At the San Diego Zoo, we offer several hundred pounds of fresh, homegrown bamboo to giant pandas every day. To do this, our horticulture teams grow and harvest nearly a dozen species of bamboo across six acres of dedicated land at the San Diego Zoo and San Diego Zoo Safari Park. In addition, we have even more ornamental species of bamboo planted across the grounds of the Zoo that we also offer seasonally.

Pandas are always associated with bamboo, but they need more than just bamboo to make a home. San Diego Zoo Wildlife Alliance conservation scientists have found that suitable panda habitat requires old-growth conifer forests with at least two types of bamboo and water access. Why is old-growth forest habitat important for pandas? It provides old, hollow logs and tree stumps large enough for dens to raise cubs, and it also provides shelter and nutrients for the bamboo growing there. The average panda’s home range is thought to be about 1.9 square miles (5 square kilometers), with male ranges larger than that of females. In areas where bamboo is not plentiful, the home range may be larger.


Pandas aren’t party animals by any stretch of the imagination. Like other bears, they spend most of the day eating and sleeping. They're also solitary by nature, and they take their own “space” seriously! Since a panda needs so much bamboo each day to survive, it only makes sense that two’s a crowd when it comes to the bamboo forest. If two pandas happen to cross paths, they’ll growl, swat, and lunge at each other, and maybe even bite each other. There are two exceptions to this: the very brief mating season and mothers with cubs.

Although pandas are naturally solitary as adults, they are exposed to the scents of other neighboring pandas that have crossed over their path days or weeks before. If a female is starting her estrus soon, it makes sense that she would need to advertise her status to any males that might be in the area. She scent marks, and a male that comes across her scent a few days later can recognize the change in her status via that scent mark. Our conservation work in China has confirmed that males are more interested in scent from a female who was known to be in estrus at the time she left the scent.

Once he has identified this change in a female’s status, a male remains closer to this female, assessing her status more frequently and keeping closer tabs on her so he can be present when she is ready for mating. This is important, as there is only one two- to three-day period that the female is receptive to breeding in an entire year. When she is no longer receptive, the male moves on to find another willing female.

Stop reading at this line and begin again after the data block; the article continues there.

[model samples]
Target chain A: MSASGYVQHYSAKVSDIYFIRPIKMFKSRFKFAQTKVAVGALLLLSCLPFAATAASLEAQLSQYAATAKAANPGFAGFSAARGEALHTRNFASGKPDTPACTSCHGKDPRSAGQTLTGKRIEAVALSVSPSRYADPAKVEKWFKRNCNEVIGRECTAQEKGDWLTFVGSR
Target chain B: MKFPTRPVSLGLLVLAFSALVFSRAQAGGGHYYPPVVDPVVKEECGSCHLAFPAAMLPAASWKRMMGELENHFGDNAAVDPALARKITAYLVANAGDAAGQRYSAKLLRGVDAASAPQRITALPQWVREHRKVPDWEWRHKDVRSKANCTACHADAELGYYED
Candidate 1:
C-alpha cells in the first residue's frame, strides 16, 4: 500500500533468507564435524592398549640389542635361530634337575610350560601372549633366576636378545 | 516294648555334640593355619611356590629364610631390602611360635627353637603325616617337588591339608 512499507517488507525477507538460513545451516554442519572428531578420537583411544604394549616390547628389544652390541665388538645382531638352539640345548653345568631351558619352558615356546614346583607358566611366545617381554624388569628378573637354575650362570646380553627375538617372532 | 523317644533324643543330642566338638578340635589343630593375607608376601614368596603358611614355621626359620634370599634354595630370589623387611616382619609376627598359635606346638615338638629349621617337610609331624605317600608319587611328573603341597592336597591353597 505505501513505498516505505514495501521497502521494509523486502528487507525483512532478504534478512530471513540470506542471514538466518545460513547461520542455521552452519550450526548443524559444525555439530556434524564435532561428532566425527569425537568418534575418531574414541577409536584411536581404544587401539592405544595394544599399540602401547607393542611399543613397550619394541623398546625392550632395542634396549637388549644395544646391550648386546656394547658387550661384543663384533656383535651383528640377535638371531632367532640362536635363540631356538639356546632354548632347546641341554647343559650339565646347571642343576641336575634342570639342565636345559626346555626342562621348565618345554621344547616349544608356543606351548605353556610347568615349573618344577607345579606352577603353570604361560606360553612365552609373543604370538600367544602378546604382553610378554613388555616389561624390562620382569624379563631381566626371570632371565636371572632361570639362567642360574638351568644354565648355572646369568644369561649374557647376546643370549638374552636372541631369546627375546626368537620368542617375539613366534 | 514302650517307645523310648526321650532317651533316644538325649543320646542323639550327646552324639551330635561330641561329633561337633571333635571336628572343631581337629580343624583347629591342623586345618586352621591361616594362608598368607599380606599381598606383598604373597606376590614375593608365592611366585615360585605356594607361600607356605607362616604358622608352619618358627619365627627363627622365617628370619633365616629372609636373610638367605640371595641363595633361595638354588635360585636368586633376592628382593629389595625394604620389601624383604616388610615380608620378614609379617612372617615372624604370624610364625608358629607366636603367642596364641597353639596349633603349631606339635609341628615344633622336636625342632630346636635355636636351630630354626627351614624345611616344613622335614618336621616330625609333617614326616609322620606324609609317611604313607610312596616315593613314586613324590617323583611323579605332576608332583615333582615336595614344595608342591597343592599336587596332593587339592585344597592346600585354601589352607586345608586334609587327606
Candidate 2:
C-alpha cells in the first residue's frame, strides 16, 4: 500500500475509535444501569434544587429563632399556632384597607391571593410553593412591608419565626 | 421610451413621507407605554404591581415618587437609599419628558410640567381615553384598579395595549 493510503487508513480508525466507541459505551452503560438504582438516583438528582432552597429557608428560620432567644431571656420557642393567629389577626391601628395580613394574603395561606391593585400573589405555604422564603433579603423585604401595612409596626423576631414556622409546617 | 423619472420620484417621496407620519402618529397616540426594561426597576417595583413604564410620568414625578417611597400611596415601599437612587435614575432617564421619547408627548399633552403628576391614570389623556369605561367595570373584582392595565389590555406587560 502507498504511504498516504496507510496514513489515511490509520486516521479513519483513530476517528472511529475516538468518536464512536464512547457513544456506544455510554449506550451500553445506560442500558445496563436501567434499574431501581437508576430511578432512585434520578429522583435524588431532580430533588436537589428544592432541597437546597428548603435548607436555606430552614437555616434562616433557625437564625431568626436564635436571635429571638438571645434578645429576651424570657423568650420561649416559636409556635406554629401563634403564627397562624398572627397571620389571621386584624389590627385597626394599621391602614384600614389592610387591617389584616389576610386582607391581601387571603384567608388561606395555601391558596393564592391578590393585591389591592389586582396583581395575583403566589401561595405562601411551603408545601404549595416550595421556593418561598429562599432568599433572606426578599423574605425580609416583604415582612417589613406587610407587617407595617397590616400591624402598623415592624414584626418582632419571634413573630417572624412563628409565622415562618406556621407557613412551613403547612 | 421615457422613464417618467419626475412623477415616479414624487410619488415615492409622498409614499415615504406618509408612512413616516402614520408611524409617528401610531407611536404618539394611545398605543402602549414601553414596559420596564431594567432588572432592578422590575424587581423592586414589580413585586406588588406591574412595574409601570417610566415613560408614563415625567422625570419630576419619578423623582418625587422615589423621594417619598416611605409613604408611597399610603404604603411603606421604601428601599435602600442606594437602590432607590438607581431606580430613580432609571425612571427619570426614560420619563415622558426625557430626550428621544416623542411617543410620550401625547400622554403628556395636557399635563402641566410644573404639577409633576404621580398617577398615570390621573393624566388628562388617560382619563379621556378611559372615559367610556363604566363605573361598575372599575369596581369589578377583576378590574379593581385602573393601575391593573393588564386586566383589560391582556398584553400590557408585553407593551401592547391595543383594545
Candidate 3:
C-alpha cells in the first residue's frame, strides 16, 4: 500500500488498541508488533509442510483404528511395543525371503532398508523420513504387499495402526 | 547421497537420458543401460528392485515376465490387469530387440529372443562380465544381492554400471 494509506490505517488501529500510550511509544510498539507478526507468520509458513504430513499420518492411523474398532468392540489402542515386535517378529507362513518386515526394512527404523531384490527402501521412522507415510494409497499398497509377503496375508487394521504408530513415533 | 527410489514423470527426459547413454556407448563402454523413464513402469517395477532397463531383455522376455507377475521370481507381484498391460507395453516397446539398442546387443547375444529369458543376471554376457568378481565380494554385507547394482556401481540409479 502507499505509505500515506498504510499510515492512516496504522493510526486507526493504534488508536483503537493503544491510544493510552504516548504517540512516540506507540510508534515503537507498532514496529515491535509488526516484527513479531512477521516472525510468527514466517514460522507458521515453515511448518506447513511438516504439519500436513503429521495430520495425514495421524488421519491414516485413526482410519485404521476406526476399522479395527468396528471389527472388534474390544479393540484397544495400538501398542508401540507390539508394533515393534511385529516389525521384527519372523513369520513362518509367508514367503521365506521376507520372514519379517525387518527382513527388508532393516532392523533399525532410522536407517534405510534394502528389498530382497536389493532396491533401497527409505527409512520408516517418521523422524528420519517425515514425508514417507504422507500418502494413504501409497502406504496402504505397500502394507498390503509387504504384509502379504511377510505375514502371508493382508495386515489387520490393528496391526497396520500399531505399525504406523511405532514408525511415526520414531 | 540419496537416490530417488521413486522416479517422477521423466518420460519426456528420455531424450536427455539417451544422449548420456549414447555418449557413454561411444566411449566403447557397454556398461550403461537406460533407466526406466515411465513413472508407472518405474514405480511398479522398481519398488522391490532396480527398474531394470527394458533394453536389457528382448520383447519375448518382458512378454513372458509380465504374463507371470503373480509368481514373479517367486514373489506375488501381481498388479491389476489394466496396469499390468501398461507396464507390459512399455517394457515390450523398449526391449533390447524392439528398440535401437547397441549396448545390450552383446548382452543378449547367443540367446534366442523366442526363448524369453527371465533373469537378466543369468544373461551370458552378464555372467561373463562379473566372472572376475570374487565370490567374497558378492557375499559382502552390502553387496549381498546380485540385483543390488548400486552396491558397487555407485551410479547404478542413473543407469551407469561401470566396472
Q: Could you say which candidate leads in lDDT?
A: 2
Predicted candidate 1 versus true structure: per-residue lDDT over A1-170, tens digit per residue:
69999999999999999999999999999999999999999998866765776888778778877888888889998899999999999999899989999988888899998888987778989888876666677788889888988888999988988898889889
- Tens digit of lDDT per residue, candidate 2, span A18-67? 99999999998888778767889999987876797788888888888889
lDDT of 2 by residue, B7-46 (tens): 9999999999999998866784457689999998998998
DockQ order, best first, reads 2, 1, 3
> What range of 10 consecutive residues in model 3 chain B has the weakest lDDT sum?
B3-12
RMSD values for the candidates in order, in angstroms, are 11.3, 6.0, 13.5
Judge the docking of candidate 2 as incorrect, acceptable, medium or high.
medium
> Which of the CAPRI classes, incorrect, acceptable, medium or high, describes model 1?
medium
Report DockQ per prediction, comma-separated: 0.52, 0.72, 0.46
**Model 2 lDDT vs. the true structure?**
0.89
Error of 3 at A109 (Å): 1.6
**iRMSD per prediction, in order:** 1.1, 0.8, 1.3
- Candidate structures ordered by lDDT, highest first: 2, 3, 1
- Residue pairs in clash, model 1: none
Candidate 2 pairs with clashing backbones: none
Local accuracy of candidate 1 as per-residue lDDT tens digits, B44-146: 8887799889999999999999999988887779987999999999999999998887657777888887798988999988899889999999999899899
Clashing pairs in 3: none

Pandas have a slow reproductive rate: mature females usually breed just once every two or three years. In their native habitat, a typical female panda may bear about five litters in her lifetime, and she raises her cubs on her own.

Giant panda cubs are only about the size of a stick of butter at birth. They're born pink, covered in short white hair, and are helpless. The panda mother gives great care to her tiny cub, usually cradling it in one paw and holding it close to her chest. For several days after birth, the mother does not leave the den—not even to eat or drink.

Between one and two weeks old, a panda cub will begin to develop its black markings. Then, the cub opens its eyes and begins to crawl around two months old. Teeth appear by the time it reaches 14 weeks old, and the mother and cub spend much less time using their den. By three to five months old, the cub can walk pretty well. At this time, the cub starts to play with its mother, and at five to six months of age, it starts attempting to eat bamboo. The cub continues to nurse until about 18 months of age. At this time, the mother is ready to send the cub off on its own, so she can prepare for her next cub.

Once a young panda reaches a weight of about 110 pounds (50 kilograms) and is about 2.5 years old, it is probably safe from predators. However, wildlife such as the golden cat, yellow-throated marten, dhole, and weasel prey on panda cubs and juveniles. Long ago, panda cubs were also prey to tigers and leopards, as their relatively slow gait on the ground made them easy pickings. To stay safe, solitary cubs scamper high in trees and remain there until their mother returns, spending hours and hours asleep up in those trees. When they are resting quietly in the branches, they can be hard to spot.